President Donald Trump told a gathering of government and business leaders that "'America First' does not mean America alone," striking a largely conciliatory tone after what have at times been strained relations between the U.S. and its key global allies and trading partners.
"I am here today to represent the interests of the American people, and to affirm America's friendship and partnership in building a better world," Mr. Trump told a packed hall of about 1,600 at the World Economic Forum. He talked up the U.S. economy and said there "has never been a better time" for business to invest in the country.
Mr. Trump's brand of nationalism, especially on trade—the U.S. slapped tariffs on washing-machine and solar-panel imports this week and is renegotiating two key trade pacts—is at odds with the free-trade globalism espoused by the elites who gather at the annual extravaganza in the Alps.
Earlier in the week, Indian Prime Minister Narendra Modi had warned that "protectionism and its forces are rearing their heads." But in his speech, Mr. Trump portrayed the U.S. as a willing partner for other countries. He said the U.S. pursuit of what it views as fair trade deals is good not just for America, but for the global trading system. Mr. Trump also said the U.S. was open to joining a new version of the Pacific Rim trade agreement known as the Trans-Pacific Partnership, if it is in the interests of all members, after exiting from the TPP and targeting it in the past as the epitome of the sort of trade deal that disadvantages the U.S.
Mr. Trump and his "America First" message have evoked skepticism among many at the annual conference, which offers world leaders and wealthy executives the opportunity to hobnob—a practice the president decried during his 2016 campaign.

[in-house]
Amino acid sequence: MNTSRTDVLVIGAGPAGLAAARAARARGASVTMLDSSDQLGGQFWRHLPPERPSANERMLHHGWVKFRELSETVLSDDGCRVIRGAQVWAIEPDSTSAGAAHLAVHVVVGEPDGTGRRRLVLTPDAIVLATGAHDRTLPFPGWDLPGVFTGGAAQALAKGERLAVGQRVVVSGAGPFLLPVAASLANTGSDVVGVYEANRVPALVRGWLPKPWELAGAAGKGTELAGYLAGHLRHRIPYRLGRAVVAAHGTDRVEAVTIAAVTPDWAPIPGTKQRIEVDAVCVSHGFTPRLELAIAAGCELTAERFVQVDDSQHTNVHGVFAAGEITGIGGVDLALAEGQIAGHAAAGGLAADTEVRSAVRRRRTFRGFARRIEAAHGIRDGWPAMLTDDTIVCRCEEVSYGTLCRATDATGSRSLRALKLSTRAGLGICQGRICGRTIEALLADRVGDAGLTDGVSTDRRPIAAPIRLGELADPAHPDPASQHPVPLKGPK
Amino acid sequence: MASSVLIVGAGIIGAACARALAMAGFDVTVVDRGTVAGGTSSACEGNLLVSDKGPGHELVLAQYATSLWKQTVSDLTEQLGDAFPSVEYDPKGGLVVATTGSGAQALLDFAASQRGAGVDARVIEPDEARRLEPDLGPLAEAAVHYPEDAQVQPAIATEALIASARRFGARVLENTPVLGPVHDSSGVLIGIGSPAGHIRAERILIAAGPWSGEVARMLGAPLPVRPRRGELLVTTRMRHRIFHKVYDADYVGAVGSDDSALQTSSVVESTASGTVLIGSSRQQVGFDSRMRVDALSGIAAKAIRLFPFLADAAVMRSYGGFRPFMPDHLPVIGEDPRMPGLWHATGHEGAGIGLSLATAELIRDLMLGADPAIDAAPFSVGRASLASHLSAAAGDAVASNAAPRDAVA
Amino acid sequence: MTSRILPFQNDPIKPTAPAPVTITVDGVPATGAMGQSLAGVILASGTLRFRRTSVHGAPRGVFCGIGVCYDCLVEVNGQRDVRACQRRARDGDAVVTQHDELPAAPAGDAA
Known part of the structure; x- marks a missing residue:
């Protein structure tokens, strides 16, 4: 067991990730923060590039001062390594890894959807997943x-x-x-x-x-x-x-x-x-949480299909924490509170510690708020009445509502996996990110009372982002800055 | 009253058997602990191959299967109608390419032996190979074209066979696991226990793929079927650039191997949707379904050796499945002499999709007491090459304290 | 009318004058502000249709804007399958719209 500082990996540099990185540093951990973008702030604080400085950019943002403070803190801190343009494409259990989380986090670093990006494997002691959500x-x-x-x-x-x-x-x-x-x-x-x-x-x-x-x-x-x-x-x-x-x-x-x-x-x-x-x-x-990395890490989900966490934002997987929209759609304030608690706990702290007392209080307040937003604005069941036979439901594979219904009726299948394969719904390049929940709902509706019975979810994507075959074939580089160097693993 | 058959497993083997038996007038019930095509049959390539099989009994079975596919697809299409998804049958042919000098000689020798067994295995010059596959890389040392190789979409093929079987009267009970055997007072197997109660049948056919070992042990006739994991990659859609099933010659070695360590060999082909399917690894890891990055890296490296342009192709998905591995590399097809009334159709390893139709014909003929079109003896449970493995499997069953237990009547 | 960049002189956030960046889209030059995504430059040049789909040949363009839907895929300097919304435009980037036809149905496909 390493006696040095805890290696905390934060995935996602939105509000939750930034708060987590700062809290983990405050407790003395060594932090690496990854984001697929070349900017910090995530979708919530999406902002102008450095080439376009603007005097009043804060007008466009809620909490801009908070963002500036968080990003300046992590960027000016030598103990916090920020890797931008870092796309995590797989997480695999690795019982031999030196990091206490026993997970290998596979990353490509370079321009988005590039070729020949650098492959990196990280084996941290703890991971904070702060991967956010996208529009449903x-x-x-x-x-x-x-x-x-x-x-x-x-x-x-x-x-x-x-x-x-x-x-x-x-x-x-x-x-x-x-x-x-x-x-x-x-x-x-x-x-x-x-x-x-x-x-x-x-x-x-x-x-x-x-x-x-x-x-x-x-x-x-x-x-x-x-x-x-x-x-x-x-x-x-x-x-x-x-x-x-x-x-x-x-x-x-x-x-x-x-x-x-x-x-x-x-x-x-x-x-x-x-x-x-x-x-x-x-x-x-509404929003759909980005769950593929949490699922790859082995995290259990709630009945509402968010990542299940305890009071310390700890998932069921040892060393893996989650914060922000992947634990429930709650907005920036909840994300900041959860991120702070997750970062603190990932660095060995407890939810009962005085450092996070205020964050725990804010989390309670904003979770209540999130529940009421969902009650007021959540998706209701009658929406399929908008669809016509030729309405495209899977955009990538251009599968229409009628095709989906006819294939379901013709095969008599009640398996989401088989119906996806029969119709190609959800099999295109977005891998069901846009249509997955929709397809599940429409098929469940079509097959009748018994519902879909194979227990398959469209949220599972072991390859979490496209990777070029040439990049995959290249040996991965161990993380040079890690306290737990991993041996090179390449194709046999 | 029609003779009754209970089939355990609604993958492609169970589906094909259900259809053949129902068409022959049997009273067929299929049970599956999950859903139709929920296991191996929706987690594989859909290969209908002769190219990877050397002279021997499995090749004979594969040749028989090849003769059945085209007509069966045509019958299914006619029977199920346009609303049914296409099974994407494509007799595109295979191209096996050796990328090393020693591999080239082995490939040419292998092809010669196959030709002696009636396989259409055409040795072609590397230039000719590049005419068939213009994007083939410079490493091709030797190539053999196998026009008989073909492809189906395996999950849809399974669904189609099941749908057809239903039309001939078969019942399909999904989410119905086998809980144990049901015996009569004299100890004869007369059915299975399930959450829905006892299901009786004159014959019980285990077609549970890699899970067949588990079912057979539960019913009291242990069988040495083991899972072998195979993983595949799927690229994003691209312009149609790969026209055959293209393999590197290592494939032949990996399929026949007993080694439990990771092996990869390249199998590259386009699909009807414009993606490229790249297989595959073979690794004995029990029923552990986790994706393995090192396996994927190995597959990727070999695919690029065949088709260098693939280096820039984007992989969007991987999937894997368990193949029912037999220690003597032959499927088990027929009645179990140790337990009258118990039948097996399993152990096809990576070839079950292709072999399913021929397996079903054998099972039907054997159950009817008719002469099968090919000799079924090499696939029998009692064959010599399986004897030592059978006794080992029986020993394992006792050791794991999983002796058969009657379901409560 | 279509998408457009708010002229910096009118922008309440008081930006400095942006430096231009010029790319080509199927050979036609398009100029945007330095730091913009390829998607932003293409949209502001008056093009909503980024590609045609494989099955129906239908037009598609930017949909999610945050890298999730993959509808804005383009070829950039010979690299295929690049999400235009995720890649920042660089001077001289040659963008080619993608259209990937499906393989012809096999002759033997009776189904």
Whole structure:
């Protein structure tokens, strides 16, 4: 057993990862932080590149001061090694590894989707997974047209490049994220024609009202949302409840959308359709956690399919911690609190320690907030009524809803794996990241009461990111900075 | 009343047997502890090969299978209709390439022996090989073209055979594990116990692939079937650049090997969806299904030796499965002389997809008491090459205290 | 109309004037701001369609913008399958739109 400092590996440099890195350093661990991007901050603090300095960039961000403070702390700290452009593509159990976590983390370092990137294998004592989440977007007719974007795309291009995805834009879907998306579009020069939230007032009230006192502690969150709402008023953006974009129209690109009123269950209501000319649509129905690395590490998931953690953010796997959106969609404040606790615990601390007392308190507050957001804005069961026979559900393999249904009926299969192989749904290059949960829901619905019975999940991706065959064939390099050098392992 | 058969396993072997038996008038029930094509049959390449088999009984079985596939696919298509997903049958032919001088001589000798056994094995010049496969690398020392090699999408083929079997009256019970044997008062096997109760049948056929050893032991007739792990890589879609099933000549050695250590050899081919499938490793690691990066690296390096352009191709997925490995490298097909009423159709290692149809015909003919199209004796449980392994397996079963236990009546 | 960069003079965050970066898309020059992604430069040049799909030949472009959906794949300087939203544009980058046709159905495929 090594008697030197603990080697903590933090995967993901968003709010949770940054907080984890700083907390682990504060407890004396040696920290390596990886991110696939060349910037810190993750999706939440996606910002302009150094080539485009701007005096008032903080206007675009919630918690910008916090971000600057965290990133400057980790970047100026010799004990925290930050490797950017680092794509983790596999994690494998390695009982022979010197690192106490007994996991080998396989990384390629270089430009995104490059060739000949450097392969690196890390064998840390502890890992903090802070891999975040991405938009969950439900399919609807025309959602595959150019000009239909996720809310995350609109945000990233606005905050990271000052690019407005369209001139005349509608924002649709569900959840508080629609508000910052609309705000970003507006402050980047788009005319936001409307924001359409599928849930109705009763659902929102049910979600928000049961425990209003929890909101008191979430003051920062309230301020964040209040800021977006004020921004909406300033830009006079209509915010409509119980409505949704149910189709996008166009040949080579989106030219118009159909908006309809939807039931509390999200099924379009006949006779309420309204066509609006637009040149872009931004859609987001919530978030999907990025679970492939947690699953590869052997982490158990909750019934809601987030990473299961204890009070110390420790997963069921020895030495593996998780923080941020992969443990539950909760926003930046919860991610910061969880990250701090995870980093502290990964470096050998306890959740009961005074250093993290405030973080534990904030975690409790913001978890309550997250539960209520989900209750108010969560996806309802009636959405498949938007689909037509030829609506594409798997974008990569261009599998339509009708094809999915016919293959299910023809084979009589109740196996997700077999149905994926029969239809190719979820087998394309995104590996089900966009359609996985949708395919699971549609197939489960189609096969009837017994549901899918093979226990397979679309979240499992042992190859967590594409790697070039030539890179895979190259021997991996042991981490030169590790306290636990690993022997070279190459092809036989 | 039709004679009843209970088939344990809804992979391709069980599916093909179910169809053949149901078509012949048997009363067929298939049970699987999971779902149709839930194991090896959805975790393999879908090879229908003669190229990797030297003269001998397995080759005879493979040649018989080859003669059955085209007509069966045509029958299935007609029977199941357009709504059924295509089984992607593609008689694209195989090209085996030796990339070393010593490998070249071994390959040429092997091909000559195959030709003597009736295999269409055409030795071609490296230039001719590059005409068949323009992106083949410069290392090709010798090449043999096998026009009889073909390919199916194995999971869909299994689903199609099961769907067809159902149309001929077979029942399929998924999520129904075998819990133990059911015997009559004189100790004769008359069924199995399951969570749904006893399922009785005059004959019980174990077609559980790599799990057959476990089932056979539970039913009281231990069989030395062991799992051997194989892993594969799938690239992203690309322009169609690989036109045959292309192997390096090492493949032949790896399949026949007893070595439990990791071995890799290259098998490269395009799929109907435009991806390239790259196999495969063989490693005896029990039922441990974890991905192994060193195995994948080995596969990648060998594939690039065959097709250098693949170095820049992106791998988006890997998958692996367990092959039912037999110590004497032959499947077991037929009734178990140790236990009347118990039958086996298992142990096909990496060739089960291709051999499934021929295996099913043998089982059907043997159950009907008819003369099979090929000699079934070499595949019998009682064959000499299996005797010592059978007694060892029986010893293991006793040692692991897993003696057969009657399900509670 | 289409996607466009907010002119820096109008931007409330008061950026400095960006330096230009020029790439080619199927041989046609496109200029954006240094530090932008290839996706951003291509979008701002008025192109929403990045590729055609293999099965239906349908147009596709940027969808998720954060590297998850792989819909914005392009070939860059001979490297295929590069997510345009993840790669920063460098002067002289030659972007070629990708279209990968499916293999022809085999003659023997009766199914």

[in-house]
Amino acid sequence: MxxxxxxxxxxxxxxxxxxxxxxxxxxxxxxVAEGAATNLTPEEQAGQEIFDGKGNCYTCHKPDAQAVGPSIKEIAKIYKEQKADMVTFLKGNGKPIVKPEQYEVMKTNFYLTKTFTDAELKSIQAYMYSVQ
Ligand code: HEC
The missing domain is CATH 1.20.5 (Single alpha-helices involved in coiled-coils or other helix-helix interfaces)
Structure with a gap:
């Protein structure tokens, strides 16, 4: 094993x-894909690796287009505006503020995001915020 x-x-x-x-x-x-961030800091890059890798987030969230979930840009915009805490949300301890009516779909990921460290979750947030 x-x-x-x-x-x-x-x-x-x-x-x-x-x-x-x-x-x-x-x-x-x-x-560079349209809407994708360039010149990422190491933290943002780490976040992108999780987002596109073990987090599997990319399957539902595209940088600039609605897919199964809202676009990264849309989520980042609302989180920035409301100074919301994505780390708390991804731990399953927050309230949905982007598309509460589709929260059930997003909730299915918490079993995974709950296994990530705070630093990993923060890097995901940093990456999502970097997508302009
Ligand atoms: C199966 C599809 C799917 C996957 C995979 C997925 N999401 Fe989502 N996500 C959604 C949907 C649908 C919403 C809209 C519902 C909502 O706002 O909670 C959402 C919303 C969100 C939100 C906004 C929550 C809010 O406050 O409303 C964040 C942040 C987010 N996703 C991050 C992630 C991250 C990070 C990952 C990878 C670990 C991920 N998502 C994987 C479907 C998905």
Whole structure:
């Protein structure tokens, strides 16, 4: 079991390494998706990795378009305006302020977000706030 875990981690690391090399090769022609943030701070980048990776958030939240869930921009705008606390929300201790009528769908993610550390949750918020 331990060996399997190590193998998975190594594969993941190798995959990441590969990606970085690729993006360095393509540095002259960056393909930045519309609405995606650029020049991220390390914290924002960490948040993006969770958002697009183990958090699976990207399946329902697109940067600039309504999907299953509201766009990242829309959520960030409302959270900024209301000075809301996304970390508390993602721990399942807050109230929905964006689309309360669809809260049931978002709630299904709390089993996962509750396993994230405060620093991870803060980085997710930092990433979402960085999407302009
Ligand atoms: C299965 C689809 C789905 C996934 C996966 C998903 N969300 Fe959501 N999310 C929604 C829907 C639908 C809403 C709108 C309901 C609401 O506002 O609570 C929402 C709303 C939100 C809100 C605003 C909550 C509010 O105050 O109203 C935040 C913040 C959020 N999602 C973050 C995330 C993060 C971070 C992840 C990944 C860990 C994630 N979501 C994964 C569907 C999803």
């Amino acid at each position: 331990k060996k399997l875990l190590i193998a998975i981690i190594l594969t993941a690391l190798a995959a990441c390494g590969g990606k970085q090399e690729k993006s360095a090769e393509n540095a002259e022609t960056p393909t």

Earlier this week, the 11 remaining members of the Pacific Rim trading bloc announced they had reached agreement to move forward without the U.S. and suggested it was a response to Mr. Trump's "America First" approach.
What remains unclear is how serious the Trump administration is to re-engaging in TPP talks, and how open the trading partners would be to the U.S., and on what terms.
Mr. Trump received only muted applause after wrapping up his speech and a subsequent question and answer session. The crowd loudly booed when he criticised the news media as "vicious" and "mean."
Early reaction to Mr. Trump's speech was mixed. Cardinal Peter Turkson, who leads Pope Francis' initiatives on migration and the environment, said: "I was glad to hear him say it is 'America First' but not America alone. It begins to seem that they're thinking about the whole world."
But Renat Heuberger, chief executive of Swiss environmental group South Pole, was critical of Mr. Trump's speech. "It's a disaster," he said. "What he's calling for is global egoism. It's the survival of the fittest. … He believes that by destroying the environment, business will thrive. That will create jobs in the short term, but in the long term it will crash."
U.S. officials in Davos this week have sought to stress a U.S. commitment to partnerships with other nations. This comes after a first year in office in which Mr. Trump worked to reverse or rework America's relationship with trading partners, arguing that doing so would boost U.S. economic interests. Mr. Trump has pulled the U.S. out of the Paris climate accord and a commitment to reduce carbon emissions, and has reopened talks on the North American Free Trade Agreement with Canada and Mexico.
This article has been edited for length. Read the original version on The Wall Street Journal.